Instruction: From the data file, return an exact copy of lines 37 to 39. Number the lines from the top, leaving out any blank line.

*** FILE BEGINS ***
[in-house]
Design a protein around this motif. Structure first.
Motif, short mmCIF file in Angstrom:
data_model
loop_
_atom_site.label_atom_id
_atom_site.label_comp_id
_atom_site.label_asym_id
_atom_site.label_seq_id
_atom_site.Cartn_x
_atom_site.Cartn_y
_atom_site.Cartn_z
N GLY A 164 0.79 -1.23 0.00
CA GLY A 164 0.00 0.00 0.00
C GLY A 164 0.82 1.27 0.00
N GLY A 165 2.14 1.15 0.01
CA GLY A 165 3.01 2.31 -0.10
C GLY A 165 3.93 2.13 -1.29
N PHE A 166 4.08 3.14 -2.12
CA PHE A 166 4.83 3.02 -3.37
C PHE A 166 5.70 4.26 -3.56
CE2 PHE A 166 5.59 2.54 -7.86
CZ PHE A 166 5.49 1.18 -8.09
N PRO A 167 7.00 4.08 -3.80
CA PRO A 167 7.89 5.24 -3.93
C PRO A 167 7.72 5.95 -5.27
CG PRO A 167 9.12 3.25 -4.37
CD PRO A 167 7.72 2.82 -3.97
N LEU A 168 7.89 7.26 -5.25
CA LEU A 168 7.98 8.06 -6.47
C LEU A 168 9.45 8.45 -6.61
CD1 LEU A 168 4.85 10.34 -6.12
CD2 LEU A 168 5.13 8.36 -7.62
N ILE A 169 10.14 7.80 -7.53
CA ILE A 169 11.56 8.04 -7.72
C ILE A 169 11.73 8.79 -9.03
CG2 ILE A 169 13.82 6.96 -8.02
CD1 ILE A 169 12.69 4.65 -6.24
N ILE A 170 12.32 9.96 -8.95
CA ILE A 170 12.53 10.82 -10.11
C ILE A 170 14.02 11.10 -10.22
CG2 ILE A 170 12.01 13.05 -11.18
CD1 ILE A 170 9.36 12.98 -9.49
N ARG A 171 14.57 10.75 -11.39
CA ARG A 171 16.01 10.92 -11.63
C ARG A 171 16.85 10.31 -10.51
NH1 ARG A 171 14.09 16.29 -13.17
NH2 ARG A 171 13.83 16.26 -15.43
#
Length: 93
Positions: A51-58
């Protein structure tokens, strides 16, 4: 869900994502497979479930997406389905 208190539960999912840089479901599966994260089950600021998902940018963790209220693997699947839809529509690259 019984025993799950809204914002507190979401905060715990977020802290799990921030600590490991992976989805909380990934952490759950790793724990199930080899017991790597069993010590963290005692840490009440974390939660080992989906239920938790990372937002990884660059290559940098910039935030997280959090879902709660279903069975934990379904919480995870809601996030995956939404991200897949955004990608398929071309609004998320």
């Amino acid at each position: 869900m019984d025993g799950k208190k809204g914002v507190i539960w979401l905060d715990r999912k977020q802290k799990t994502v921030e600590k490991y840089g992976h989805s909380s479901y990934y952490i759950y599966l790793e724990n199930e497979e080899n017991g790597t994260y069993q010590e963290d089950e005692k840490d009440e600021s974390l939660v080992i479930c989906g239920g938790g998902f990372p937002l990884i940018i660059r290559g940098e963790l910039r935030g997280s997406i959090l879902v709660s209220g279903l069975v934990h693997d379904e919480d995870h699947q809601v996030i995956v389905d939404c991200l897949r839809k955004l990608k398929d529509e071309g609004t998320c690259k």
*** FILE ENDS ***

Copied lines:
CG2 ILE A 169 13.82 6.96 -8.02
CD1 ILE A 169 12.69 4.65 -6.24
N ILE A 170 12.32 9.96 -8.95